If the media write about antiquity, they do not go further than simply reporting “unique treasures.” This is unjustified, says science journalist Jonah Lendering. He wrote a book about it.
'I had had Archeology is a science “Reading is better than writing,” sighs historian and science journalist Jonah Lendering as we talk about his latest book. 'And in fact the subtitle, And you can explain that too, should be completely unnecessary. But unfortunately: the truth is that an explanation of the scientific process underlying the study of antiquity is often lacking.
According to Lendering, this essentially means that the general public does not take antiquity seriously. “If antiquity is discussed in the media and in popular scientific literature, it is often in the form of trivia. Discoveries quickly become 'treasures', and the discoveries are always unique.”
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Another consequence of the fact that archaeologists seem unable to explain to the general public how they obtain their information—what they know, but especially what they don't know and why—is that incorrect information often goes unchallenged. For example, stories keep emerging about Archimedes' Mirror or the sunken city of Atlantis.
“Pseudoscience is not the only problem.” Nationalism (think, for example, of the constant attempts to link the city of Jerusalem to King David), religious satanists (Christian apologists and Jesus seekers) and scholars who use their research to please their supporters: these are all causes that mislead people. It spreads and reaches the public.”
The result is that a part of the public believes that scholars who deal with antiquity have nothing to offer. They don't seem to have a way.
The latter is not true, as Lindering shows in his new book. “Archaeologists, literary scholars, linguists, and historians share the same subject: the world and culture of the Romans, Greeks, Jews, Egyptians, and Mesopotamians from approximately 3000 B.C. to 650 A.D. They also work according to the same scientific process. People ask questions, collect data, and test hypotheses.” , they identify limitations, and then ask new questions.The main methodological problem is the fundamental lack of measurement data, which means that there are things in antiquity that we cannot yet know.
Changing perspectives in society also give rise to new research questions, leading to new insights, Lendering says. Take, for example, the question of the situation of slaves in antiquity. Why does the general public know almost nothing about this?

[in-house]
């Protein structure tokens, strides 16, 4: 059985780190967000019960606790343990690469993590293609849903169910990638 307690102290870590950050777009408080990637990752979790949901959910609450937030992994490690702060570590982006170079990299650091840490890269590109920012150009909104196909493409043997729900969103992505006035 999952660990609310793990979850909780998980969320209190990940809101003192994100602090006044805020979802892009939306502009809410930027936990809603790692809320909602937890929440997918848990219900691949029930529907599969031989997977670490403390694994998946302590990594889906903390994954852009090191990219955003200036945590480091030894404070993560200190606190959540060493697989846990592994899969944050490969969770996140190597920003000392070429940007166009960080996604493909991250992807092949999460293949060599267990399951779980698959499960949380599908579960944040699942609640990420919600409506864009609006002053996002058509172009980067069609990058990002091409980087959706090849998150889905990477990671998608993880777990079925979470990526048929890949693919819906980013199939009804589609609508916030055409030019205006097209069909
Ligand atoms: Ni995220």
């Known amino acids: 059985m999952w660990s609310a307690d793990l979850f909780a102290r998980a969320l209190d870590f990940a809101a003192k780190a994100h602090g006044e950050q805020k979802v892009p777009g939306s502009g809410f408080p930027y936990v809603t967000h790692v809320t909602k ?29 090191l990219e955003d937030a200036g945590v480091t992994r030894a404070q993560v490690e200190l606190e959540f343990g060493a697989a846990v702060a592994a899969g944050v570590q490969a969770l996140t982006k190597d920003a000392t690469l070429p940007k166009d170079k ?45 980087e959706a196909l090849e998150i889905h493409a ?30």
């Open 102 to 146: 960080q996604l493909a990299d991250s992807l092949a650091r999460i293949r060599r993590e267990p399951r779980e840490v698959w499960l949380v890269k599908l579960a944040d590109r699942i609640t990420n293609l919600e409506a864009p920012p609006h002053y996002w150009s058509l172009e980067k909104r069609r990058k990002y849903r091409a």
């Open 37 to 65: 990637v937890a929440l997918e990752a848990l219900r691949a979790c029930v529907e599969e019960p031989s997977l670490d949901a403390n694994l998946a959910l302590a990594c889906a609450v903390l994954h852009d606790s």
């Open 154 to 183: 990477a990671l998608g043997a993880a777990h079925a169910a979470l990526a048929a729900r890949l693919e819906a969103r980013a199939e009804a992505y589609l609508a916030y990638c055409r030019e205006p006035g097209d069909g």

Lending points to the limited exchange between different disciplines as an important reason. Sometimes classicists, who study texts from antiquity, don't know what archaeologists know. Conversely, archaeologists underestimate the importance of information contained in ancient languages. The importance of DNA research and other technology-based innovations is also not adequately understood due to lack of appropriate exchange.
Lending sees an important reason as the increased workload among scientists. As a result, they are not able to transfer knowledge as much as they would like.
Where things also go wrong is the way universities and museums communicate. Press releases, which journalists often rely entirely on due to lack of time and knowledge, are often used to draw attention to research, please sponsors or simply to attract the largest possible audience, even if it is not true. Incomplete or biased information.
Finally, there is the questionable role of publishers. Lending: The Book End of the Roman Empire by Martin van Rossem, full of outdated and partly incorrect information, made it appear at about the same time Romans and barbarians He barely received any attention from the well-known specialist Jeroen Wijnendael.
LENDING: Don't get me wrong, I have great respect for monument people who have to work under difficult conditions. But they are currently unable to introduce people to the scientific process: formulating questions, obtaining data, testing, self-doubt, and the occasional breakthrough.
According to Lindering, this must change, because if this continues, archeology will lose more support. “Then more people drop out and get rubbish information and incorrect information and… Fake news Every opportunity. This is bad because as a society we are losing the opportunity to think “truly” about our past.
“If we want to stop this decline, we must first improve training courses,” says Lendering. You can't expect someone to know enough after four years to realize what they don't know. This is a basic requirement in a science where the scarcity of data is taken for granted. Interdisciplinarity should not be just talk, as is the case now, but should be given real form. So that different disciplines really know what each is doing, and that real breakthroughs are recognized by everyone. It is also important not to raise any barriers while transferring knowledge. By this I mean that journalists should be able to verify the information provided. Information is often lagging behind a paywall. And Last but not least, Communication should not only convey information, but also provide depth.
In his book Lending he approaches mainly the latter. Because if no opportunity for further exploration is presented after the facts are presented, people will still drop out or be drawn into pseudoscience. Because thanks to social media, it has always been widely available.
Read our review here Archeology is a science.
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